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Doing the right thing

Doing the right thing

By Steven Sapountsis

Academic Misconduct Ethics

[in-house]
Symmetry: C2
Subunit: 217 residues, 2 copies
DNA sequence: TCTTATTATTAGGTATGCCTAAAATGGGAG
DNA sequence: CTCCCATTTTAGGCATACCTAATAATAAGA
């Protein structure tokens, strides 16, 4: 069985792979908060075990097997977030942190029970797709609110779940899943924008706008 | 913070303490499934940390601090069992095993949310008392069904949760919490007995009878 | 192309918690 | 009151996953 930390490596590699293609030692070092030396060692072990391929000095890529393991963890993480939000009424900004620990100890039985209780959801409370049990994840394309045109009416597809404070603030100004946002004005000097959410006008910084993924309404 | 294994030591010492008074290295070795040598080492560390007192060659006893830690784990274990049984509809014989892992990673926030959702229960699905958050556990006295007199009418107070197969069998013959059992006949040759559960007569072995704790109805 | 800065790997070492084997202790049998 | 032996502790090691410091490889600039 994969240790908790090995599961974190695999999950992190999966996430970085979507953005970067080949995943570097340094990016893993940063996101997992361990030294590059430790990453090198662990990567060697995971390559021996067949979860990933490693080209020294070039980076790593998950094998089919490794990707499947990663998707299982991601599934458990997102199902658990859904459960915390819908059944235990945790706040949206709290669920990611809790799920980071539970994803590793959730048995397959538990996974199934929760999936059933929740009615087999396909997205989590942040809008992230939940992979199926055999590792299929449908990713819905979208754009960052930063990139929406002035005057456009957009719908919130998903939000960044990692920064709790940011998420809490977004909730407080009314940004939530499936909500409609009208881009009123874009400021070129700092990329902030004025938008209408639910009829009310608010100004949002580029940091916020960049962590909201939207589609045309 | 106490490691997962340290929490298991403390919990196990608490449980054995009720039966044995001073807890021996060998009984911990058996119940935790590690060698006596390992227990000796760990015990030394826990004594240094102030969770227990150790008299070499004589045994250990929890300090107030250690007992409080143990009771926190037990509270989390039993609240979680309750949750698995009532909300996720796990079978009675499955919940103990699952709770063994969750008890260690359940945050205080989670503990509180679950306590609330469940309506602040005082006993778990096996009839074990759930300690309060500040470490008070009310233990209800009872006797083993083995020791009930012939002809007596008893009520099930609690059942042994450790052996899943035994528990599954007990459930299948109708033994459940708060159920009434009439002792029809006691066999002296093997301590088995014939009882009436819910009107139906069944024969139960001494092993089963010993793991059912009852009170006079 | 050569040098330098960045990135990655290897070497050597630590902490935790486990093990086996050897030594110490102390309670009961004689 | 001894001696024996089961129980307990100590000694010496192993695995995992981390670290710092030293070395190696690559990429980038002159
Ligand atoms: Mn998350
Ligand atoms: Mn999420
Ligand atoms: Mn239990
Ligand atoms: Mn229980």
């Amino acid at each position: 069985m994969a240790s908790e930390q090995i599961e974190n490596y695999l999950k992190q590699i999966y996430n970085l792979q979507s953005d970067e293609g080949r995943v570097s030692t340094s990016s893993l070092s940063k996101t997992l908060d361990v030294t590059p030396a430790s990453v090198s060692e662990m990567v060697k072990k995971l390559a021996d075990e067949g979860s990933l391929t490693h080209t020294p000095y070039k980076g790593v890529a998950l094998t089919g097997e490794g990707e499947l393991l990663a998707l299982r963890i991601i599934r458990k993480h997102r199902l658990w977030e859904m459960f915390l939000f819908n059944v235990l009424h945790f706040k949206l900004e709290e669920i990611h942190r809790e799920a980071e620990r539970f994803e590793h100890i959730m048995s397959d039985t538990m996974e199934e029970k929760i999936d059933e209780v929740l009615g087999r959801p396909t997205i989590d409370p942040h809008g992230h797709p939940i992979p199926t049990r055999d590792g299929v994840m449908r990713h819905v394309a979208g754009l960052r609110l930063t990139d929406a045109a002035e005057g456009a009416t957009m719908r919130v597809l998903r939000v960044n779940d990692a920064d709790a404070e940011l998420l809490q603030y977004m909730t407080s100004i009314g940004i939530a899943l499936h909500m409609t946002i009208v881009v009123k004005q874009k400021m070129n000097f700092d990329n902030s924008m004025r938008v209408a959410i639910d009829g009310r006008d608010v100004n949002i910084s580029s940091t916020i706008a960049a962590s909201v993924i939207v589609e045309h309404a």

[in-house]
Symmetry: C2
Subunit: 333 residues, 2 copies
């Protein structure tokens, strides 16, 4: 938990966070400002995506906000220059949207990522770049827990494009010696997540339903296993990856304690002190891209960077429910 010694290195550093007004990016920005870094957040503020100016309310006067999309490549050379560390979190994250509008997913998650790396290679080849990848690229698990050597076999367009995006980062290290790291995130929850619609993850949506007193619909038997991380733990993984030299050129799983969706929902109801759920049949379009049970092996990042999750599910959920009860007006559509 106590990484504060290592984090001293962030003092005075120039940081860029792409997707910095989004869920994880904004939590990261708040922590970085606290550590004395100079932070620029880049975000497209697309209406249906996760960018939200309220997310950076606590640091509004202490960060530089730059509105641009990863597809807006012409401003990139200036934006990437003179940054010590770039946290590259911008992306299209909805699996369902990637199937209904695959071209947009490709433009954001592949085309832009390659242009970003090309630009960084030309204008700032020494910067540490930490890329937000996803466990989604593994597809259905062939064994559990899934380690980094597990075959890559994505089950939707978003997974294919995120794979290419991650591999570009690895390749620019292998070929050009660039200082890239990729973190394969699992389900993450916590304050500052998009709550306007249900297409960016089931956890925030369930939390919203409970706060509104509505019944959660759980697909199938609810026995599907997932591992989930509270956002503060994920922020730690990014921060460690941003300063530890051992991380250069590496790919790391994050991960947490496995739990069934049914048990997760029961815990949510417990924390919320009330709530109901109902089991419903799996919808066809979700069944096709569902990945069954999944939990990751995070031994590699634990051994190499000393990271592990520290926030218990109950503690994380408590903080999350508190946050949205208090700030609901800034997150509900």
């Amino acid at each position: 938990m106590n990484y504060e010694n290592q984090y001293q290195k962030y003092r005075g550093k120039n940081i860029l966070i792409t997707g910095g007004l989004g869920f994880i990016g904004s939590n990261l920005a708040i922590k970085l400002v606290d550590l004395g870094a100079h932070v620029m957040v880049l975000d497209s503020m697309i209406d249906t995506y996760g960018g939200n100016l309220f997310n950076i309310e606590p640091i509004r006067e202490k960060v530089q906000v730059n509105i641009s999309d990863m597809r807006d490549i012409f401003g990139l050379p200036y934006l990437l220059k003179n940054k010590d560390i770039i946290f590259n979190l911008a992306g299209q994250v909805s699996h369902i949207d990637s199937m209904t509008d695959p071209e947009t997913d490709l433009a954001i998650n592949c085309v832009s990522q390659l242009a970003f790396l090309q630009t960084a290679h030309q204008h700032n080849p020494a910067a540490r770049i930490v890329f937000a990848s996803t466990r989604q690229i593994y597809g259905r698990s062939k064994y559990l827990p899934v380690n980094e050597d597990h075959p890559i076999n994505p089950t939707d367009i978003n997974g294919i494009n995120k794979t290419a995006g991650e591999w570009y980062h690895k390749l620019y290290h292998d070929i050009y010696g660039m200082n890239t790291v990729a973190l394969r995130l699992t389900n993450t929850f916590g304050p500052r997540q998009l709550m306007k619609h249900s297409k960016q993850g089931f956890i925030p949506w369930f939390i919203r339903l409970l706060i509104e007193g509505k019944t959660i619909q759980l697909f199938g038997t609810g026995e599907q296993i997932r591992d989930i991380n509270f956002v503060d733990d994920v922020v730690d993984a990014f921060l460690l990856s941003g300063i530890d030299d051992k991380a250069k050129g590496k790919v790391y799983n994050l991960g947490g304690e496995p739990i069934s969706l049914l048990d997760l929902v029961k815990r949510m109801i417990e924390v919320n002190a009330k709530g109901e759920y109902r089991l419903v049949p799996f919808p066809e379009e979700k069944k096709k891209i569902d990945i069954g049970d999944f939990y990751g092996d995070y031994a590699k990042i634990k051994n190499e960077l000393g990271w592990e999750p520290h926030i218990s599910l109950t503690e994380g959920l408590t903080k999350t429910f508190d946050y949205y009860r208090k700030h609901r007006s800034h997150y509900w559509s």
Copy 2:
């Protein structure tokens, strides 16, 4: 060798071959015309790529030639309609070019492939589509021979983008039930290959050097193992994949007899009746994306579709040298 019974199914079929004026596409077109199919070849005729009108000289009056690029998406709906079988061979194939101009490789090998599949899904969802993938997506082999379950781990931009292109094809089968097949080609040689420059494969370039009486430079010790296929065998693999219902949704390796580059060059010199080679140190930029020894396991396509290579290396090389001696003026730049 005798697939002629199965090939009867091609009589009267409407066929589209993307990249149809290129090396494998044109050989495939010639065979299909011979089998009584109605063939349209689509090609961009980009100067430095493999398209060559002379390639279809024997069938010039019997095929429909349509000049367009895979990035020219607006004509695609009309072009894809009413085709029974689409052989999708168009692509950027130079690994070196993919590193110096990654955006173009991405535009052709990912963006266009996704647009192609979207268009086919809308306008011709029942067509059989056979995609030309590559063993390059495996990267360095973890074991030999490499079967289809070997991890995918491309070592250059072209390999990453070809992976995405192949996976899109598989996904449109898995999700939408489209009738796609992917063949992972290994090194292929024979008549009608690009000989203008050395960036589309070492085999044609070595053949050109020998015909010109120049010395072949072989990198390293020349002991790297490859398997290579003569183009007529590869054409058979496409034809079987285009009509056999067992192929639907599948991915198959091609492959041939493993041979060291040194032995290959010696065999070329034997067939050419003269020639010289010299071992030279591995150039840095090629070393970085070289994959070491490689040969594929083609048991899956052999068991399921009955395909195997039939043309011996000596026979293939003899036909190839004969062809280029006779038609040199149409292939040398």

The law is an honourable profession, yet sometimes lawyers do the wrong thing – though they may not realise it at the time. Most of us would be prepared to accept that the common law test for professional misconduct is that propounded in Allison v General Council of Medical Education and Registration [1894] 1 QB 750 as “conduct which would reasonably be regarded as disgraceful and dishonorable by professional brethren of good repute and competency”. Indeed, the case is referenced time and time again in disciplinary hearings. Another case that highlights the importance of lawyers doing the right thing went all the way to the High Court of Australia. ERA v Armstrong [2013] HCA 46 concerned whether privileged documents inadvertently disclosed by a firm of solicitors should be returned by the receiving firm. The judgment contained the following comments in relation to solicitors’ responsibilities at [64]-[67]: “The question for a party to civil proceedings and its legal representatives is not just whether there is any real benefit to be gained from creating a dispute about whether a mistake in the course of discovery should be corrected. The CPA [Civil Procedure Act 2005 (NSW)] imposes a positive duty upon a party and its legal representatives to facilitate the CPA's purposes. Requiring a court to rule upon waiver and the grant of injunctive relief in circumstances such as the present could not be regarded as consistent with that duty. “The position of solicitors who are in receipt of privileged documents has another dimension. Rule 31 of the Australian Solicitors' Conduct Rules. . . deals with the duty of a solicitor to return material, which is known or reasonably suspected to be confidential, where a solicitor is aware that its disclosure was inadvertent. It involves notifying the other solicitor of the disclosures and returning that material. “Such a rule should not be necessary. In the not too distant past it was understood that acting in this way obviates unnecessary and costly interlocutory applications. It permits a prompt return to the status quo and thereby avoids complications which may arise in the making of orders for the rectification of the mistake and the return of documents.

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